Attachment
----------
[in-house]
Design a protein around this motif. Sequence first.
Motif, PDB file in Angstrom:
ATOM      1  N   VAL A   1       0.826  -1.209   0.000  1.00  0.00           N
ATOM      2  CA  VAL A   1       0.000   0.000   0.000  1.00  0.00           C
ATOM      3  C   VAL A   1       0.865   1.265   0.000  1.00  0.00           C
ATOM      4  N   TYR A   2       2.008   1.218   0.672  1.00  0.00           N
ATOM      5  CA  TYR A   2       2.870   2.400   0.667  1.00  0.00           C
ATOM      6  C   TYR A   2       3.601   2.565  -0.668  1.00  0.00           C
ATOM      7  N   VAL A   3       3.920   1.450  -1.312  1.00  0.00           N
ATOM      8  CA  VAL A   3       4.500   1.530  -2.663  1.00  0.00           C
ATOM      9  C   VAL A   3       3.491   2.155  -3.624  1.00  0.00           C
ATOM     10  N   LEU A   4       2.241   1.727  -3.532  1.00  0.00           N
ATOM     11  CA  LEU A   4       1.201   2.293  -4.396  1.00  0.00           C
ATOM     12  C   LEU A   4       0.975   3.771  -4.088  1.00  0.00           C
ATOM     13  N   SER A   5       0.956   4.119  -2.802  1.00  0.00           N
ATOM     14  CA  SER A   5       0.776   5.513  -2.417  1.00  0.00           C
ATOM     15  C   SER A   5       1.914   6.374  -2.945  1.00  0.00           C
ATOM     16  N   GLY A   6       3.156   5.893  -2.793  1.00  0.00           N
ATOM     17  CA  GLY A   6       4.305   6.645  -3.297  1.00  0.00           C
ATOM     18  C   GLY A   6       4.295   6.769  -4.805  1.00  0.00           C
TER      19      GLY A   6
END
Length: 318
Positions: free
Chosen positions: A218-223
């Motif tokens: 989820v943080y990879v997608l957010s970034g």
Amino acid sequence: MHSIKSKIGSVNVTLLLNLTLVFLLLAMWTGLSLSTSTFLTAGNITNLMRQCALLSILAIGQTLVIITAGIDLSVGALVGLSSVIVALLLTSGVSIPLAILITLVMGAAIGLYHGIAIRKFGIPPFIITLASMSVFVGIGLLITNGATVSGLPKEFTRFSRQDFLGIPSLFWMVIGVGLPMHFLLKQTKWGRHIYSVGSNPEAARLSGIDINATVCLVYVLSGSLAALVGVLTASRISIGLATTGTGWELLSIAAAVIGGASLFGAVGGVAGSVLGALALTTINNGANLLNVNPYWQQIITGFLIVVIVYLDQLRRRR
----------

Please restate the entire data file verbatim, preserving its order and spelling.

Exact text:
[in-house]
Design a protein around this motif. Sequence first.
Motif, PDB file in Angstrom:
ATOM      1  N   VAL A   1       0.826  -1.209   0.000  1.00  0.00           N
ATOM      2  CA  VAL A   1       0.000   0.000   0.000  1.00  0.00           C
ATOM      3  C   VAL A   1       0.865   1.265   0.000  1.00  0.00           C
ATOM      4  N   TYR A   2       2.008   1.218   0.672  1.00  0.00           N
ATOM      5  CA  TYR A   2       2.870   2.400   0.667  1.00  0.00           C
ATOM      6  C   TYR A   2       3.601   2.565  -0.668  1.00  0.00           C
ATOM      7  N   VAL A   3       3.920   1.450  -1.312  1.00  0.00           N
ATOM      8  CA  VAL A   3       4.500   1.530  -2.663  1.00  0.00           C
ATOM      9  C   VAL A   3       3.491   2.155  -3.624  1.00  0.00           C
ATOM     10  N   LEU A   4       2.241   1.727  -3.532  1.00  0.00           N
ATOM     11  CA  LEU A   4       1.201   2.293  -4.396  1.00  0.00           C
ATOM     12  C   LEU A   4       0.975   3.771  -4.088  1.00  0.00           C
ATOM     13  N   SER A   5       0.956   4.119  -2.802  1.00  0.00           N
ATOM     14  CA  SER A   5       0.776   5.513  -2.417  1.00  0.00           C
ATOM     15  C   SER A   5       1.914   6.374  -2.945  1.00  0.00           C
ATOM     16  N   GLY A   6       3.156   5.893  -2.793  1.00  0.00           N
ATOM     17  CA  GLY A   6       4.305   6.645  -3.297  1.00  0.00           C
ATOM     18  C   GLY A   6       4.295   6.769  -4.805  1.00  0.00           C
TER      19      GLY A   6
END
Length: 318
Positions: free
Chosen positions: A218-223
């Motif tokens: 989820v943080y990879v997608l957010s970034g």
Amino acid sequence: MHSIKSKIGSVNVTLLLNLTLVFLLLAMWTGLSLSTSTFLTAGNITNLMRQCALLSILAIGQTLVIITAGIDLSVGALVGLSSVIVALLLTSGVSIPLAILITLVMGAAIGLYHGIAIRKFGIPPFIITLASMSVFVGIGLLITNGATVSGLPKEFTRFSRQDFLGIPSLFWMVIGVGLPMHFLLKQTKWGRHIYSVGSNPEAARLSGIDINATVCLVYVLSGSLAALVGVLTASRISIGLATTGTGWELLSIAAAVIGGASLFGAVGGVAGSVLGALALTTINNGANLLNVNPYWQQIITGFLIVVIVYLDQLRRRR